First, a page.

Have you tried new the Independent Digital Edition apps?

ES Rentals

    Independent Dating
    and  

    By clicking 'Search' you
    are agreeing to our
    Terms of Use.

    The other Mugabe who is lining up for the Zimbabwean presidency

    The other Mugabe who is lining up for the Zimbabwean presidency

    Wife of President Robert Mugabe appears to have her sights set on succeeding her husband
    The model of a gadget launch: Cultivate an atmosphere of mystery and excitement to sell stuff people didn't realise they needed

    The model for a gadget launch

    Cultivate an atmosphere of mystery and excitement to sell stuff people didn't realise they needed
    Alice Roberts: She's done pretty well, for a boffin without a beard

    She's done pretty well, for a boffin without a beard

    Alice Roberts talks about her new book on evolution - and why her early TV work drew flak from (mostly male) colleagues
    Get well soon, Joan Rivers - an inspiration, whether she likes it or not

    Get well soon, Joan Rivers

    She is awful. But she's also wonderful, not in spite of but because of the fact she's forever saying appalling things, argues Ellen E Jones
    Doctor Who Into the Dalek review: A classic sci-fi adventure with all the spectacle of a blockbuster

    A fresh take on an old foe

    Doctor Who Into the Dalek more than compensated for last week's nonsensical offering
    Fashion walks away from the celebrity runway show

    Fashion walks away from the celebrity runway show

    As the collections start, fashion editor Alexander Fury finds video and the internet are proving more attractive
    Meet the stars of TV's Wolf Hall... and it's not the cast of the Tudor trilogy

    Meet the stars of TV's Wolf Hall...

    ... and it's not the cast of the Tudor trilogy
    Weekend at the Asylum: Europe's biggest steampunk convention heads to Lincoln

    Europe's biggest steampunk convention

    Jake Wallis Simons discovers how Victorian ray guns and the martial art of biscuit dunking are precisely what the 21st century needs
    Don't swallow the tripe – a user's guide to weasel words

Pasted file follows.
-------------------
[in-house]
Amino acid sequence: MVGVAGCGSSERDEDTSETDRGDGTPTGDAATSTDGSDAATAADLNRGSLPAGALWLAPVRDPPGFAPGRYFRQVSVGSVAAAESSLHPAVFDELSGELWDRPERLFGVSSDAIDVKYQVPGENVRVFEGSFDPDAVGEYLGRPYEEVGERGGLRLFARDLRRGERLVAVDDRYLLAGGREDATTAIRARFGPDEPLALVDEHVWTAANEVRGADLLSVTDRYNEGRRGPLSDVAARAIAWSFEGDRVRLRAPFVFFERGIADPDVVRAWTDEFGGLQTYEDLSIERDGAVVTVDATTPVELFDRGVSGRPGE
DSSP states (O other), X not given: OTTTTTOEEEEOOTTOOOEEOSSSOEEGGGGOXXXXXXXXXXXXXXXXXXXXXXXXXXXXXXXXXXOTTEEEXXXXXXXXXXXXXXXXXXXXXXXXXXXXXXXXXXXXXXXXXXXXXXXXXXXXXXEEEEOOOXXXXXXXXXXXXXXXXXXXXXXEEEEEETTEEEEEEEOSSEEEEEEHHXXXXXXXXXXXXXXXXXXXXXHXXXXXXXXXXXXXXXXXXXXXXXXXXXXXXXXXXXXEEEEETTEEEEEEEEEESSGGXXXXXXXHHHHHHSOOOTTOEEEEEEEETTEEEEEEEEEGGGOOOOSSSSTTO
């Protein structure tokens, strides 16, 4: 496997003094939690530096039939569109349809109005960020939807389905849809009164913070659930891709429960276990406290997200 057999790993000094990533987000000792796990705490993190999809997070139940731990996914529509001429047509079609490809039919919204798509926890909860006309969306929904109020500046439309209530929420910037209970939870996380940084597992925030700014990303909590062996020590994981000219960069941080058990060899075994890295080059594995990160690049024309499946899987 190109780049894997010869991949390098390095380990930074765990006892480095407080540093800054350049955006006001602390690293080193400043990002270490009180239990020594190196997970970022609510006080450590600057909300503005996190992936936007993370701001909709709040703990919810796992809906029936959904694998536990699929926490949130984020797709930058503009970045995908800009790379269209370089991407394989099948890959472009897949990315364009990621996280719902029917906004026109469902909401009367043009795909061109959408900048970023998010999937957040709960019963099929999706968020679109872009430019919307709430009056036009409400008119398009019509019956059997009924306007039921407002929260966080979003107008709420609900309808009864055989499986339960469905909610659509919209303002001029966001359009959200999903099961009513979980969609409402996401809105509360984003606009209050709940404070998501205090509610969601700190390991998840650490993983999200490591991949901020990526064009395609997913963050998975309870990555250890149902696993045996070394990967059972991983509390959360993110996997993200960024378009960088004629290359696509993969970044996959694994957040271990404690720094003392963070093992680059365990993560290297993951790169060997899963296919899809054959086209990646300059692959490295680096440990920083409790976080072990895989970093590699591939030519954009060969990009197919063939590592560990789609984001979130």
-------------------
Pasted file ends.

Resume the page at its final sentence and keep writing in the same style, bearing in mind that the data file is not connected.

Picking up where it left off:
Don't swallow the tripe – a user's guide to weasel words

    Lying is dangerous and unnecessary. A new book explains the strategies needed to avoid it. John Rentoul on the art of 'uncommunication'
    Daddy, who was Richard Attenborough? Was the beloved thespian the last of the cross-generation stars?

    Daddy, who was Richard Attenborough?

    The atomisation of culture means that few of those we regard as stars are universally loved any more, says DJ Taylor
    She's dark, sarcastic, and bashes life in Nowheresville ... so how did Kacey Musgraves become country music's hottest new star?

    Kacey Musgraves: Nashville's hottest new star

    The singer has two Grammys for her first album under her belt and her celebrity fans include Willie Nelson, Ryan Adams and Katy Perry
    American soldier-poet Brian Turner reveals the enduring turmoil that inspired his memoir

    Soldier-poet Brian Turner on his new memoir

    James Kidd meets the prize-winning writer, whose new memoir takes him back to the bloody battles he fought in Iraq
    Aston Villa vs Hull match preview: Villa were not surprised that Ron Vlaar was a World Cup star

    Villa were not surprised that Vlaar was a World Cup star

    Andi Weimann reveals just how good his Dutch teammate really is
    Bill Granger recipes: Our chef ekes out his holiday in Italy with divine, simple salads

    Bill Granger's simple Italian salads

    Our chef presents his own version of Italian dishes, taking in the flavours and produce that inspired him while he was in the country
    The Last Word: Tumbleweed through deserted stands and suites at Wembley

    The Last Word: Tumbleweed through deserted stands and suites at Wembley

    If supporters begin to close bank accounts, switch broadband suppliers or shun satellite sales, their voices will be heard. It’s time for revolution